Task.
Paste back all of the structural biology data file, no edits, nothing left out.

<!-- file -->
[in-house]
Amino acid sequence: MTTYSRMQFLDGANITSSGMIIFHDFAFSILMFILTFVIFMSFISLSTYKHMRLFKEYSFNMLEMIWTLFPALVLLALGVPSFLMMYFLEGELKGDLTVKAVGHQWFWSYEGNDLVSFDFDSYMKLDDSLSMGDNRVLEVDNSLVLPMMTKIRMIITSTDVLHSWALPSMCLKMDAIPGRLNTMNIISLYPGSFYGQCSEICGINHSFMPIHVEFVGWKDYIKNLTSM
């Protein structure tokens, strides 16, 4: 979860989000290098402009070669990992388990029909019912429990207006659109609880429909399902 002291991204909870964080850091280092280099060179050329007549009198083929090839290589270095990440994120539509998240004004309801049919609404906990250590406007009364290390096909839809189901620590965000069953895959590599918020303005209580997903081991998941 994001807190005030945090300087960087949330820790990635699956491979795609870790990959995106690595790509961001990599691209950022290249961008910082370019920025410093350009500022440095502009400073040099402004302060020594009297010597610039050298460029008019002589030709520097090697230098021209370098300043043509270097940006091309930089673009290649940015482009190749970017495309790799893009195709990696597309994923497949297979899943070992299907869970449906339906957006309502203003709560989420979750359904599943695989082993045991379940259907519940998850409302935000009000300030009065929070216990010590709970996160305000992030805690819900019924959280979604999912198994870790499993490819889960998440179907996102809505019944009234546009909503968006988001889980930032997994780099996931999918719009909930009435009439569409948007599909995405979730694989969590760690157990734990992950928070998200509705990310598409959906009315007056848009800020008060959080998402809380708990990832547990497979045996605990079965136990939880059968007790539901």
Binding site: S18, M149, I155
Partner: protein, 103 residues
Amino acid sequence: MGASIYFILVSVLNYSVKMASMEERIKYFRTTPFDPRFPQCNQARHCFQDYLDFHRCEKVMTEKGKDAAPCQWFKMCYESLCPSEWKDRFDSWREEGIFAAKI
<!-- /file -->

[in-house]
Amino acid sequence: MTTYSRMQFLDGANITSSGMIIFHDFAFSILMFILTFVIFMSFISLSTYKHMRLFKEYSFNMLEMIWTLFPALVLLALGVPSFLMMYFLEGELKGDLTVKAVGHQWFWSYEGNDLVSFDFDSYMKLDDSLSMGDNRVLEVDNSLVLPMMTKIRMIITSTDVLHSWALPSMCLKMDAIPGRLNTMNIISLYPGSFYGQCSEICGINHSFMPIHVEFVGWKDYIKNLTSM
């Protein structure tokens, strides 16, 4: 979860989000290098402009070669990992388990029909019912429990207006659109609880429909399902 002291991204909870964080850091280092280099060179050329007549009198083929090839290589270095990440994120539509998240004004309801049919609404906990250590406007009364290390096909839809189901620590965000069953895959590599918020303005209580997903081991998941 994001807190005030945090300087960087949330820790990635699956491979795609870790990959995106690595790509961001990599691209950022290249961008910082370019920025410093350009500022440095502009400073040099402004302060020594009297010597610039050298460029008019002589030709520097090697230098021209370098300043043509270097940006091309930089673009290649940015482009190749970017495309790799893009195709990696597309994923497949297979899943070992299907869970449906339906957006309502203003709560989420979750359904599943695989082993045991379940259907519940998850409302935000009000300030009065929070216990010590709970996160305000992030805690819900019924959280979604999912198994870790499993490819889960998440179907996102809505019944009234546009909503968006988001889980930032997994780099996931999918719009909930009435009439569409948007599909995405979730694989969590760690157990734990992950928070998200509705990310598409959906009315007056848009800020008060959080998402809380708990990832547990497979045996605990079965136990939880059968007790539901």
Binding site: S18, M149, I155
Partner: protein, 103 residues
Amino acid sequence: MGASIYFILVSVLNYSVKMASMEERIKYFRTTPFDPRFPQCNQARHCFQDYLDFHRCEKVMTEKGKDAAPCQWFKMCYESLCPSEWKDRFDSWREEGIFAAKI